Right now it's a work in progress and I appreciate all help and comments. Does anyone know any septuagenarian that may have worked with these missiles?
 
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powderburner

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One of the reasons that you are seeing slightly different shapes between missiles (the "same" missile?) is that missile manufacturers often produce these things in batches (sometimes called lots, rounds, blocks, tranches, and other terms). Within that batch (of the same model) the detailed configuration is probably pretty constant. From batch to batch there can be small changes if a new subcontractor is chosen to make the "same" warhead, or the "same" motor, or the "same" steering package. It is pretty easy for there to be small differences that 99.999% of people would never notice.

It happens all the time.

That's kind of why you need to select one example, get photos and measurements and markings for that one single example, document that one, and identify your scale model as that one missile, at least for contest purposes when you submit a "scale" model.
 

dedleytedley

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One of the reasons that you are seeing slightly different shapes between missiles (the "same" missile?) is that missile manufacturers often produce these things in batches (sometimes called lots, rounds, blocks, tranches, and other terms). Within that batch (of the same model) the detailed configuration is probably pretty constant. From batch to batch there can be small changes if a new subcontractor is chosen to make the "same" warhead, or the "same" motor, or the "same" steering package. It is pretty easy for there to be small differences that 99.999% of people would never notice.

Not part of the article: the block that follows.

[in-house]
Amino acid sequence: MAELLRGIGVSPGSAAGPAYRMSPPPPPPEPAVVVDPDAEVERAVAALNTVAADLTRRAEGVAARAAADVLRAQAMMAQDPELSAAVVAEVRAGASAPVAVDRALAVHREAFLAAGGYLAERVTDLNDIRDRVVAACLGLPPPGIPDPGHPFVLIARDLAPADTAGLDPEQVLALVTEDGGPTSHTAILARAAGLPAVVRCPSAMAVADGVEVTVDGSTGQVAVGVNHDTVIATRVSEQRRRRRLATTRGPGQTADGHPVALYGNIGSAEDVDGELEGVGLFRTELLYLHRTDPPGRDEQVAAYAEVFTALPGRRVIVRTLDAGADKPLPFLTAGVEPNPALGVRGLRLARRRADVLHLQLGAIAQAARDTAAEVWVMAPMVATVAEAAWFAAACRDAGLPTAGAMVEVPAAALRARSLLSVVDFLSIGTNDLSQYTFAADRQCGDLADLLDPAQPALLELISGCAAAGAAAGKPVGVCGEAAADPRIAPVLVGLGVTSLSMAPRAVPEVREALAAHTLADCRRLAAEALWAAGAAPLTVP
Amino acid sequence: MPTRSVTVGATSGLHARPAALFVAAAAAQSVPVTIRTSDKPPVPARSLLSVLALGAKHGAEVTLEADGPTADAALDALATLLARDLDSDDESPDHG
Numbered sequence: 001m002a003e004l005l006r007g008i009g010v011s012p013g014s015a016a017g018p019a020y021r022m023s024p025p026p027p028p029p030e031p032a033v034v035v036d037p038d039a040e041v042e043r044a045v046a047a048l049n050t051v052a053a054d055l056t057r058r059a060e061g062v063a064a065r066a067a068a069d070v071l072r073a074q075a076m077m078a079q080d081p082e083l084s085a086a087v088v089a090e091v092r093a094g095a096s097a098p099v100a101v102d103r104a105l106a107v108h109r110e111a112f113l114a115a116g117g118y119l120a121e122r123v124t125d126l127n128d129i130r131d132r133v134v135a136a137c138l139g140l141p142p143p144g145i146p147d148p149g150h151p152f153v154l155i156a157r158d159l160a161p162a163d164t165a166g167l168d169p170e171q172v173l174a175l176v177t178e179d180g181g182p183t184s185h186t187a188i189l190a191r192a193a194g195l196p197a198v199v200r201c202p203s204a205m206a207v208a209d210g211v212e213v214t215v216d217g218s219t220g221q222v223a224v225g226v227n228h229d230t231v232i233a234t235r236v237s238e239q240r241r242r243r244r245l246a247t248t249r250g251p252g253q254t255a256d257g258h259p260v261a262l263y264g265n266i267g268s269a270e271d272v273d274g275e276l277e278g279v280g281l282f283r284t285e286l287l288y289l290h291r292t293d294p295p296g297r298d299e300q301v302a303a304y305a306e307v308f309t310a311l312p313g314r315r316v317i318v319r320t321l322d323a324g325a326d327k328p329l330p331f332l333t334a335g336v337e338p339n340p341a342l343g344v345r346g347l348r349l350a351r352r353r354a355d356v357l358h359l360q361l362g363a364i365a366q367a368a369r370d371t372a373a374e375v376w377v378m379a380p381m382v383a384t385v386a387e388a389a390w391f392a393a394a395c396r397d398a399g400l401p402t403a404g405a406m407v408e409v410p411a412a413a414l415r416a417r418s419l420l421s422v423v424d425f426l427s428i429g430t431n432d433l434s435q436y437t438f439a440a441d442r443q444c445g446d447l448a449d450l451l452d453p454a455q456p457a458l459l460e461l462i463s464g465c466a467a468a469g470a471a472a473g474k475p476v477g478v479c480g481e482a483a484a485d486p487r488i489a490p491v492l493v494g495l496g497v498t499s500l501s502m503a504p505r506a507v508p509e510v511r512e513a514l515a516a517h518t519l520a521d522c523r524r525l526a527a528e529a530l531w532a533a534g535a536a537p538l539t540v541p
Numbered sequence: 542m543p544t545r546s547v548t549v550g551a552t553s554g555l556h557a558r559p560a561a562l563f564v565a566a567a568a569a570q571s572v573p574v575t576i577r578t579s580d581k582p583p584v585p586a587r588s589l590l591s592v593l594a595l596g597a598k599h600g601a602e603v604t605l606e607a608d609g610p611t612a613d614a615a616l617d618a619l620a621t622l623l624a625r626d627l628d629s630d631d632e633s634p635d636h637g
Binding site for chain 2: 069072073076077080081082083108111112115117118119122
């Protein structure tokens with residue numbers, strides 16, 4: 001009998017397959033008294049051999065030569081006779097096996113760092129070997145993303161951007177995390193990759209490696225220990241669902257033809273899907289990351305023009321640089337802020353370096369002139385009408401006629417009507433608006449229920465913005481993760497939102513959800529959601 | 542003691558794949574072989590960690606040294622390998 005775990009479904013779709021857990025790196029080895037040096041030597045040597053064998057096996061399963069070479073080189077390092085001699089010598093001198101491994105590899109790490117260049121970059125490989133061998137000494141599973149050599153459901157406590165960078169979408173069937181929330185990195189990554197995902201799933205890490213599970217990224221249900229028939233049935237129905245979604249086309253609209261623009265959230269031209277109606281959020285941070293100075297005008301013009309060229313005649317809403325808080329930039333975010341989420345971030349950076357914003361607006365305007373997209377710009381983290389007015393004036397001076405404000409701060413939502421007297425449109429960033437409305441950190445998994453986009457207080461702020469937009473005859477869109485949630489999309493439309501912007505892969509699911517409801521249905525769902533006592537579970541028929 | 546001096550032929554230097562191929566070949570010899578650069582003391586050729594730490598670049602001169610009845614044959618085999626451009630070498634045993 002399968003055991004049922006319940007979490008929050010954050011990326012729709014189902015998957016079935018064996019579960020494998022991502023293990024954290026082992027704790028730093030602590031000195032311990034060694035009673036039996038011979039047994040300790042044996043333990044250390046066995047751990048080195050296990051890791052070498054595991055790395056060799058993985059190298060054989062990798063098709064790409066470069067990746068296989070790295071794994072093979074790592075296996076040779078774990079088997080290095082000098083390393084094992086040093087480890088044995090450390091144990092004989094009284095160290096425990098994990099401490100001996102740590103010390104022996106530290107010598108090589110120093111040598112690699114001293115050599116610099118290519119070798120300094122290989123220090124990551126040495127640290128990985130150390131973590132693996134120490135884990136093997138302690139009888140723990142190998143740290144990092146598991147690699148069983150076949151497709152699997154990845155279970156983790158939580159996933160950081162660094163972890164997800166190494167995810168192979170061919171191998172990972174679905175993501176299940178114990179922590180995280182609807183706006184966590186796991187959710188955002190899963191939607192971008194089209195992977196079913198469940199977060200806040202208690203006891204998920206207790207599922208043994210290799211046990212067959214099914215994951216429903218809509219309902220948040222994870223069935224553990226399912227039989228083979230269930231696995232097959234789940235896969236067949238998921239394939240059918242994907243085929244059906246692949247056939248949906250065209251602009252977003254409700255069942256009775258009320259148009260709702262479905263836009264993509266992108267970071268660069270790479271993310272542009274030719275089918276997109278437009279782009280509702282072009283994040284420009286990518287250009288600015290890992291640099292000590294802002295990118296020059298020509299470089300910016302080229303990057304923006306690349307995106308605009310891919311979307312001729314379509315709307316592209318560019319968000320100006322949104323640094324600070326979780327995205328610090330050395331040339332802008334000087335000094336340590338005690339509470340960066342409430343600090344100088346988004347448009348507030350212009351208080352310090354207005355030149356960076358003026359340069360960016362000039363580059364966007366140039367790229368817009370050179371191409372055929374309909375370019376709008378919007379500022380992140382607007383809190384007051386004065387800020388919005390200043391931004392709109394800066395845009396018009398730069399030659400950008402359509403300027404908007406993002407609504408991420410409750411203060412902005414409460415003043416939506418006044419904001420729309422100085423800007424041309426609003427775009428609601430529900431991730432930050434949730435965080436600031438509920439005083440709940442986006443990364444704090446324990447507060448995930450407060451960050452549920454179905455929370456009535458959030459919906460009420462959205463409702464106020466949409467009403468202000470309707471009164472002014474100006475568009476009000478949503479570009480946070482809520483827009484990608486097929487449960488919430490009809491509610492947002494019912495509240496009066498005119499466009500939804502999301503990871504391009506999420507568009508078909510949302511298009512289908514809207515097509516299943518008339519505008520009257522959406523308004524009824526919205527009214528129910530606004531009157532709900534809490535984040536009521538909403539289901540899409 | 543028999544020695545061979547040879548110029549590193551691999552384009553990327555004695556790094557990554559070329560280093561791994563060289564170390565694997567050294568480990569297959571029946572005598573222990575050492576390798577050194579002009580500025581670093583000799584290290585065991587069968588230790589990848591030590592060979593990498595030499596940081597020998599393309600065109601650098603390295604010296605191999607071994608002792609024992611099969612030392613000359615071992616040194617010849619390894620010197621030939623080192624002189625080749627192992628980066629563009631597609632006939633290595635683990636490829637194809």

It happens all the time.

That's kind of why you need to select one example, get photos and measurements and markings for that one single example, document that one, and identify your scale model as that one missile, at least for contest purposes when you submit a "scale" model.
That makes sense as the fins appear to be cast aluminum. I could notice some sand-casting marks on the forward fins. I'd guess each maker would use their own molds for casting.making refinements in the design. Ted
 

El Phantasmo

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One of the reasons that you are seeing slightly different shapes between missiles (the "same" missile?) is that missile manufacturers often produce these things in batches (sometimes called lots, rounds, blocks, tranches, and other terms). Within that batch (of the same model) the detailed configuration is probably pretty constant. From batch to batch there can be small changes if a new subcontractor is chosen to make the "same" warhead, or the "same" motor, or the "same" steering package. It is pretty easy for there to be small differences that 99.999% of people would never notice.

It happens all the time.

That's kind of why you need to select one example, get photos and measurements and markings for that one single example, document that one, and identify your scale model as that one missile, at least for contest purposes when you submit a "scale" model.
I figured something like this was the case; however, I don't have access to a Falcon locally that I know of (Houston, TX). And there is not a complete enough set of measurements or photos from a single example of a Falcon.

I don't plan on entering it in any scale contests; besides if I can't find the "correct" data and have to extract it from several different sources, then how will the judges be able to score it? I don't need it to be mistaken for the real thing (i.e. screw heads and panel seems), just a damn good model rocket of a Falcon missile.